Removal Salt, Avoid Rust

In much of North America the last snow of the winter usually occurs sometime in February or March, which is also the time of the last road salting.  Once the salt is gone — and it’s good to wait until there’s been a heavy rain that gives the roads a good rinsing — you will want to get the road salt off your car.  You could go to the local car wash and spend money … or you could avoid convenience and save money by doing it yourself.  I’ve always gotten good results with a bucket of warm water mixed with a little dish-washing detergent.  Apply with a large sponge, scrub, dump the remaining detergent-water mix over the car, and rinse well.

auto_rustHowever, removing the road salt from your car’s unpainted undercarriage is even more critical than washing the car’s body.  It’s the metal parts under the car that can be damaged by salt’s corrosive powers.  The painted body can usually withstand contact with road salt pretty well.  Also, the top of the car gets rinsed by the rain.  The underside of the car isn’t exposed to rain.  Most people know this, which is why commercial car washes offer an “undercarriage wash” and why they do such a good business after the end of the snowy season.

But you don’t need to pay $$$ (not to mention, wait in a long line) to give your car’s undercarriage a good washing.  You can just use a garden hose and a sprinkler.  When I wash the car for the first time after the last of the winter snow, I attach a lawn sprinkler to the garden hose, turn on the water, and use the hose to slowly push the sprinkler back and forth under the car.  It’s a good idea to avoid spraying too much water into the engine compartment.  You might need to get down on your hands and knees to make sure the water is directed at the wheels and suspension.  There are actually special tools that attach to a hose to perform the undercarriage washing.  Some clever people have made their own.  In my honest opinion, it seems that a lawn sprinkler works just as well. The whole point is to get the salt off your car, and because salt is water-soluble, all you really need to do is get water into contact with the underside of the car.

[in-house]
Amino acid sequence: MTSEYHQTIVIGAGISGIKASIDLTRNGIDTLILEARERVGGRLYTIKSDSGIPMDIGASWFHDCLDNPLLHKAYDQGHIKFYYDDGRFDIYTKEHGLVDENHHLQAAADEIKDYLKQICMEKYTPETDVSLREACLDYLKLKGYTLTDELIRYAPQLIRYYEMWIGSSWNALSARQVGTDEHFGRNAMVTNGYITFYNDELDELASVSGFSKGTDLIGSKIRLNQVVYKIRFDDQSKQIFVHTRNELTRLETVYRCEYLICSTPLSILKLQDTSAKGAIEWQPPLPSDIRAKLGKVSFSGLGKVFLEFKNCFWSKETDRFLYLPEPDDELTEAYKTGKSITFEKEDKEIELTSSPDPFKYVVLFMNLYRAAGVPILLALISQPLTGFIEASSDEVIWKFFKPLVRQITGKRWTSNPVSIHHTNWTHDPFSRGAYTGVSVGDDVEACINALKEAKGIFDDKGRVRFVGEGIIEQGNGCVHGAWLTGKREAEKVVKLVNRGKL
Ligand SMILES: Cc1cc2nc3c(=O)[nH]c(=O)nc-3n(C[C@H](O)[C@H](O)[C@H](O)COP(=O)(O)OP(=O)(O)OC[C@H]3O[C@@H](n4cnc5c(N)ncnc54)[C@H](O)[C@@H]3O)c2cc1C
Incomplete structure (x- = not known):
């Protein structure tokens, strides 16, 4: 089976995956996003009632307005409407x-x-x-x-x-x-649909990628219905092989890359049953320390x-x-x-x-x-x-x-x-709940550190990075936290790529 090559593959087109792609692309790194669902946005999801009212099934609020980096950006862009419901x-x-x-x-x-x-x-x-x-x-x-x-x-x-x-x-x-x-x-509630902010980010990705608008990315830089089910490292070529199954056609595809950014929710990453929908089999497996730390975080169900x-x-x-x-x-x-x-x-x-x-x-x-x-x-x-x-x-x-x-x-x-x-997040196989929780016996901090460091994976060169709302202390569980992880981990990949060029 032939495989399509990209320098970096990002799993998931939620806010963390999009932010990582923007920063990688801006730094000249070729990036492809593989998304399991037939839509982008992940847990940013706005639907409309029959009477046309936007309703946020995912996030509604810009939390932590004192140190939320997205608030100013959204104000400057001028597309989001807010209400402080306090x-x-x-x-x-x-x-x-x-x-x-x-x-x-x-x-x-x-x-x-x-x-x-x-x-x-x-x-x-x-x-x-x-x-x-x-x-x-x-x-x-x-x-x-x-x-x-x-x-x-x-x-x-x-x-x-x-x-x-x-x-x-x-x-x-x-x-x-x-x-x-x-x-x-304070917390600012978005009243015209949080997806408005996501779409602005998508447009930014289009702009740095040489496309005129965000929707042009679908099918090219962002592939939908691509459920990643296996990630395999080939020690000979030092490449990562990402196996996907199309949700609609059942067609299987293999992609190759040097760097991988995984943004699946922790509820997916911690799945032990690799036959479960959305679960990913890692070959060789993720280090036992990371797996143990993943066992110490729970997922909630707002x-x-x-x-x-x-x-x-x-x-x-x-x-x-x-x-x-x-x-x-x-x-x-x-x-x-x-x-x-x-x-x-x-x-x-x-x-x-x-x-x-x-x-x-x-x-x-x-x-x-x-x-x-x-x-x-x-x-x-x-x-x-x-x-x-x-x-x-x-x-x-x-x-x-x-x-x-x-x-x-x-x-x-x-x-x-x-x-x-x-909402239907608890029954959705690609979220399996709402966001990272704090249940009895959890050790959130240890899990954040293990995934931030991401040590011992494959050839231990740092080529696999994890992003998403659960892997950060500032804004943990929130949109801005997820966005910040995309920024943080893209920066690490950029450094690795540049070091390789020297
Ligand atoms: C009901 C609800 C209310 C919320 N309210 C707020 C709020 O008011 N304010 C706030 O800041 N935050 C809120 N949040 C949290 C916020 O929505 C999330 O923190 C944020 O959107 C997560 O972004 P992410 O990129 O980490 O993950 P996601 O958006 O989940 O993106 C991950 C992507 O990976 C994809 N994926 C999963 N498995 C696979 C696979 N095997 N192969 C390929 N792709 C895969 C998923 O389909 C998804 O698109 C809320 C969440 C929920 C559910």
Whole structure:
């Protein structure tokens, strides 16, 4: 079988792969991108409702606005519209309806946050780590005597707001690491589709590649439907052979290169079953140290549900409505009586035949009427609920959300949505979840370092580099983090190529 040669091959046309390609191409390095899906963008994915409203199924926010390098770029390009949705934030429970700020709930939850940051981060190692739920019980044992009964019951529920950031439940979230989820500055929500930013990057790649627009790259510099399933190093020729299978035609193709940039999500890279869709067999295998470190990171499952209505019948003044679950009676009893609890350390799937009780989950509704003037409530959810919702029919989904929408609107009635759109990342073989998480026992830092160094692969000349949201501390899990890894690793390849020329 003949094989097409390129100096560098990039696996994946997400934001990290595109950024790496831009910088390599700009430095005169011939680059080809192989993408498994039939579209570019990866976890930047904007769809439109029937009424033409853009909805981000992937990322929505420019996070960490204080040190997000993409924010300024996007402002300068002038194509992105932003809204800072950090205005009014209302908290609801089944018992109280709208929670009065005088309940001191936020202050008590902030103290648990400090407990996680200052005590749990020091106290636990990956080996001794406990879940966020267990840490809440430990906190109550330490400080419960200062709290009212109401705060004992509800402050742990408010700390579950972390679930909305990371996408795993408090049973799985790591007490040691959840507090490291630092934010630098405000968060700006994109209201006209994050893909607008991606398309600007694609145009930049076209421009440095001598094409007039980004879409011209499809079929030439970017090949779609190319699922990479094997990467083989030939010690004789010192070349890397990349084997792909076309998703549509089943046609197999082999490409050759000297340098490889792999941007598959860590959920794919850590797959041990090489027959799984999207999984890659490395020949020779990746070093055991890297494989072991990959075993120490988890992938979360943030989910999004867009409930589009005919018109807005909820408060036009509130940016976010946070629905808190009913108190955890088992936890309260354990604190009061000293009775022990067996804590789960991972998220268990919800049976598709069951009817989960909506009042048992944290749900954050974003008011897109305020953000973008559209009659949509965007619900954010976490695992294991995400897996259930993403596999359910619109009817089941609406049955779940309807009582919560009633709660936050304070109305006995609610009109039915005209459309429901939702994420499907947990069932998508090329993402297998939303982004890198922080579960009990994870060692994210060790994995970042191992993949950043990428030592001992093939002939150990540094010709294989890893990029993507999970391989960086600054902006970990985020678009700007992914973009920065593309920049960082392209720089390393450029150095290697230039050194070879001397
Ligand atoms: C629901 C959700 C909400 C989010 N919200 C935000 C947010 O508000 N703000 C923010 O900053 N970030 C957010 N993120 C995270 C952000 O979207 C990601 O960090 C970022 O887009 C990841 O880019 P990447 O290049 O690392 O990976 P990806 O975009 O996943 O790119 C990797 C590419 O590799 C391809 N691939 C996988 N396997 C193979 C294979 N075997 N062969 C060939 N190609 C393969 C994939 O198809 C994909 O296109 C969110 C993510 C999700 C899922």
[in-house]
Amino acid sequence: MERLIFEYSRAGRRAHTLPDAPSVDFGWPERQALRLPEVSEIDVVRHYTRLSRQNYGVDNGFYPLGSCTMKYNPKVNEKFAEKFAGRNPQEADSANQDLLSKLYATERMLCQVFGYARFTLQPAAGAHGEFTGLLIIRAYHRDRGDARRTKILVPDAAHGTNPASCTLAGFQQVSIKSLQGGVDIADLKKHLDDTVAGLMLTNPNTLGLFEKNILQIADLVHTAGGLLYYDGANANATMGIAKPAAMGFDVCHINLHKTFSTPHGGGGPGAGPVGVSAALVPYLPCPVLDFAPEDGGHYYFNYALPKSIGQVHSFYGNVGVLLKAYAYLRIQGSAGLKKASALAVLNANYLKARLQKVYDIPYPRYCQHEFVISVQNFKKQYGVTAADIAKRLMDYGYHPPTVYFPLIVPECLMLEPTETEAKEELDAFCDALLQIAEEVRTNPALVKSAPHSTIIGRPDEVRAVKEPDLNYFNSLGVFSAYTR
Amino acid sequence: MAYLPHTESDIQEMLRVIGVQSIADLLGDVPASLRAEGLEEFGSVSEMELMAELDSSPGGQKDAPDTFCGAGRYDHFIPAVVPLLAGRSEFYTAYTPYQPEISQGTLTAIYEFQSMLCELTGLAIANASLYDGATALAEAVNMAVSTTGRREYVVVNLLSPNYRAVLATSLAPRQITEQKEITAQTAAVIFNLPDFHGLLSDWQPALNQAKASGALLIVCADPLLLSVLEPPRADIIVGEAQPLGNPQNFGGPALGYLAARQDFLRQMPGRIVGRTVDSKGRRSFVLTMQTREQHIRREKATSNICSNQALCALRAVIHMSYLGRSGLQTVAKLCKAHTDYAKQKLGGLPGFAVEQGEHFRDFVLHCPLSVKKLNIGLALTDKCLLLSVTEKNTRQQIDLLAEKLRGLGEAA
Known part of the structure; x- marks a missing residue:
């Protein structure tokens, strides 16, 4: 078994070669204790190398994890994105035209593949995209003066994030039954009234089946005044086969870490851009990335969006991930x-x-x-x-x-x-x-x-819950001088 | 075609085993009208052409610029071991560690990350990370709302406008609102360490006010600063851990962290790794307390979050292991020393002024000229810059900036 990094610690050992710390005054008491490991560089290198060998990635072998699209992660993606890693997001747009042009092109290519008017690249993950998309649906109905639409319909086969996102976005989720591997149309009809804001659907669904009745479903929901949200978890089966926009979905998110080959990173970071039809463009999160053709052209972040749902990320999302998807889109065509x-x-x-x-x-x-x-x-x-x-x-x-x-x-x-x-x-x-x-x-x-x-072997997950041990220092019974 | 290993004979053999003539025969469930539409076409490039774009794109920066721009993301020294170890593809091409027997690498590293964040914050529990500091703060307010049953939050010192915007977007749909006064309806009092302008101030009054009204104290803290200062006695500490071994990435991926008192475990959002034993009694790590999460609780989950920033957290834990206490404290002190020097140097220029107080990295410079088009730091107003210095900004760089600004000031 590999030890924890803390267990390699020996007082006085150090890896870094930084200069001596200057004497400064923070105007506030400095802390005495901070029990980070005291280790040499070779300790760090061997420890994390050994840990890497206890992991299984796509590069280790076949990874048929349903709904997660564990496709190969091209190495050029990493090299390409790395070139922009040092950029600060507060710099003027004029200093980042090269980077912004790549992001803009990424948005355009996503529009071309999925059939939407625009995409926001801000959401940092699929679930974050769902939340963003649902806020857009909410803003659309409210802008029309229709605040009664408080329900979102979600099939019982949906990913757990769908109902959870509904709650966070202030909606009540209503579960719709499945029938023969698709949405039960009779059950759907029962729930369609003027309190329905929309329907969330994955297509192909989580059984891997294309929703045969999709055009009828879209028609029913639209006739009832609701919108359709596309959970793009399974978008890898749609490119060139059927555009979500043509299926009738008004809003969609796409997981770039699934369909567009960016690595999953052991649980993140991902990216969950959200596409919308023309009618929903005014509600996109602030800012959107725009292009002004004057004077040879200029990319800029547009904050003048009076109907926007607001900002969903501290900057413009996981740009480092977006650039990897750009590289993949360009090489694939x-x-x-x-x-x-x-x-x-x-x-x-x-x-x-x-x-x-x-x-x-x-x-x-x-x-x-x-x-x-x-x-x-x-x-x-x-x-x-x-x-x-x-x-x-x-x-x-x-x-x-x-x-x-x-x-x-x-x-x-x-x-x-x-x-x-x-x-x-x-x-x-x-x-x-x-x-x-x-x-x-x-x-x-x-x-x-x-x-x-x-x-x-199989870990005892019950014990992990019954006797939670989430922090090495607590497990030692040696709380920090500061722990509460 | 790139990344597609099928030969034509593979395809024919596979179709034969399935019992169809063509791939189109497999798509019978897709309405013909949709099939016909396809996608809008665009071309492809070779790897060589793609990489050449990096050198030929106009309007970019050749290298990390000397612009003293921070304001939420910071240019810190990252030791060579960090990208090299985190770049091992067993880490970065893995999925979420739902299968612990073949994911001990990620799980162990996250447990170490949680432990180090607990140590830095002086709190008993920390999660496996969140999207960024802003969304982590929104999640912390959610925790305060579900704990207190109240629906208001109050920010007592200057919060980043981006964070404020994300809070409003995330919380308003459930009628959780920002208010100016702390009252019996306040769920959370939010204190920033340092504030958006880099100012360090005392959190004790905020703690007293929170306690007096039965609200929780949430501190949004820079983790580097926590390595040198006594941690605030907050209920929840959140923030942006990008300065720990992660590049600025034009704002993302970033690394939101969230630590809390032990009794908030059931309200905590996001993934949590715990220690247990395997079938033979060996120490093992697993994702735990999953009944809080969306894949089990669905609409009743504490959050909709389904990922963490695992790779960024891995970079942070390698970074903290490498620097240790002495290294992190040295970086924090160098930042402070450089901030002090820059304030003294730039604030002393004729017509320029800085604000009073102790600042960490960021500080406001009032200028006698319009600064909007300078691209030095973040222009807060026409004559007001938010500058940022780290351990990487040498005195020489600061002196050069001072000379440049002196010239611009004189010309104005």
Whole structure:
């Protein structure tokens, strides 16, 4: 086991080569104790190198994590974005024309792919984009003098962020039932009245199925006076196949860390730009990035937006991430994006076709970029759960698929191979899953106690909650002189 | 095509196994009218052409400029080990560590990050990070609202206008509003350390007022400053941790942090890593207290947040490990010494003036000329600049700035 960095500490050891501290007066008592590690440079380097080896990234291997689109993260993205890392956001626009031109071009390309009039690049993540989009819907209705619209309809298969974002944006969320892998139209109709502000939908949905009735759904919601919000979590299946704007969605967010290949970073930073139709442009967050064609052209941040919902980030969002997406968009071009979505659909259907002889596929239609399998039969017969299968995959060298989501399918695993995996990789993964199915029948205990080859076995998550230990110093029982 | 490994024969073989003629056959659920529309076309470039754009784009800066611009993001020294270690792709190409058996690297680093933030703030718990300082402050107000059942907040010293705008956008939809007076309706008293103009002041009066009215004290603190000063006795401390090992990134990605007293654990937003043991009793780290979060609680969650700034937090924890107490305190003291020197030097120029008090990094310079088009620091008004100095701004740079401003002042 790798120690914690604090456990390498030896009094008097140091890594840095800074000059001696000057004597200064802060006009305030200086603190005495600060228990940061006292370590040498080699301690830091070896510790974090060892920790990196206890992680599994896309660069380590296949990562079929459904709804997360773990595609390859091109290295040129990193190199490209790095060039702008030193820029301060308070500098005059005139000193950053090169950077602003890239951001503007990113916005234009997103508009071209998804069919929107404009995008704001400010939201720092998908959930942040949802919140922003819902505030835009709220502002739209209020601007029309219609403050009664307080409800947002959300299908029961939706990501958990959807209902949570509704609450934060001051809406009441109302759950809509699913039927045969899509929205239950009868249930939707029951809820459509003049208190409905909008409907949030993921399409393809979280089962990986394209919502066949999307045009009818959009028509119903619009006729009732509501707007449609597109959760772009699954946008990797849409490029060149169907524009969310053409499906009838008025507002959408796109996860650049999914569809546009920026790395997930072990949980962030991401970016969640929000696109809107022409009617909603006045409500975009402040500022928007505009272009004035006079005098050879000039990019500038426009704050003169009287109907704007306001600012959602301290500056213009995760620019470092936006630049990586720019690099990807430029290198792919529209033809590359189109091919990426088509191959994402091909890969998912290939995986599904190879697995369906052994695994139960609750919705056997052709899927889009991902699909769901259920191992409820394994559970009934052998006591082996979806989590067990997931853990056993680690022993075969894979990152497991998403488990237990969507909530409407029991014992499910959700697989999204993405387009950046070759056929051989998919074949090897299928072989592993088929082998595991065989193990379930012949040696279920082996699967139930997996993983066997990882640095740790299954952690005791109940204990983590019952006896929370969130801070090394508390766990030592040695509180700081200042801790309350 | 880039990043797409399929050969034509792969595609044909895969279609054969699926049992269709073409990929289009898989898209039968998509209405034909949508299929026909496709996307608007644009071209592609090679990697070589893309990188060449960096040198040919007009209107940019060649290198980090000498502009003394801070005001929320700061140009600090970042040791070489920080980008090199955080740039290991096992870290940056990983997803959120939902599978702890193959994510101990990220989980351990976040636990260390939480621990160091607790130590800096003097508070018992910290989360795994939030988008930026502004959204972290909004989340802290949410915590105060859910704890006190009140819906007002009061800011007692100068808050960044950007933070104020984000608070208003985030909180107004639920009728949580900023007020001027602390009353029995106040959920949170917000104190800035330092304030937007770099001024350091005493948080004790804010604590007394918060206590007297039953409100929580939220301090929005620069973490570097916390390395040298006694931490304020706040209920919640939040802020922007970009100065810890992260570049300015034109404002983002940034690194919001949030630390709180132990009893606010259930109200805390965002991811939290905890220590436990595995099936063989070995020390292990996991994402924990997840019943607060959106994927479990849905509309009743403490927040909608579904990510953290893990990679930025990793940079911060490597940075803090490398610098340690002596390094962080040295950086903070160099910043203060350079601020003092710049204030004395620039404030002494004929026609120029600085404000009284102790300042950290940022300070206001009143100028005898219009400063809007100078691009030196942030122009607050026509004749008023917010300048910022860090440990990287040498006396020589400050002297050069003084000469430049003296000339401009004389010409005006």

It takes a little time, but … as usual, avoiding convenience means you’re paying yourself instead of paying someone else.

(However, if you search the internet you can find lots of people saying that you need to use some kind of special salt-removing product to really do a good job.  All I can say is that the sprinkler method has worked for me, but as the saying goes, your mileage may vary.  What’s happened to me is anecdotal.  I haven’t owned enough cars to do a scientific study.  It might be that my car is less susceptible to rust or maybe I reduce my driving when roads are icy and salty.  (The second part is true.  I really do try to avoid driving when there’s ice and snow on the roads.)

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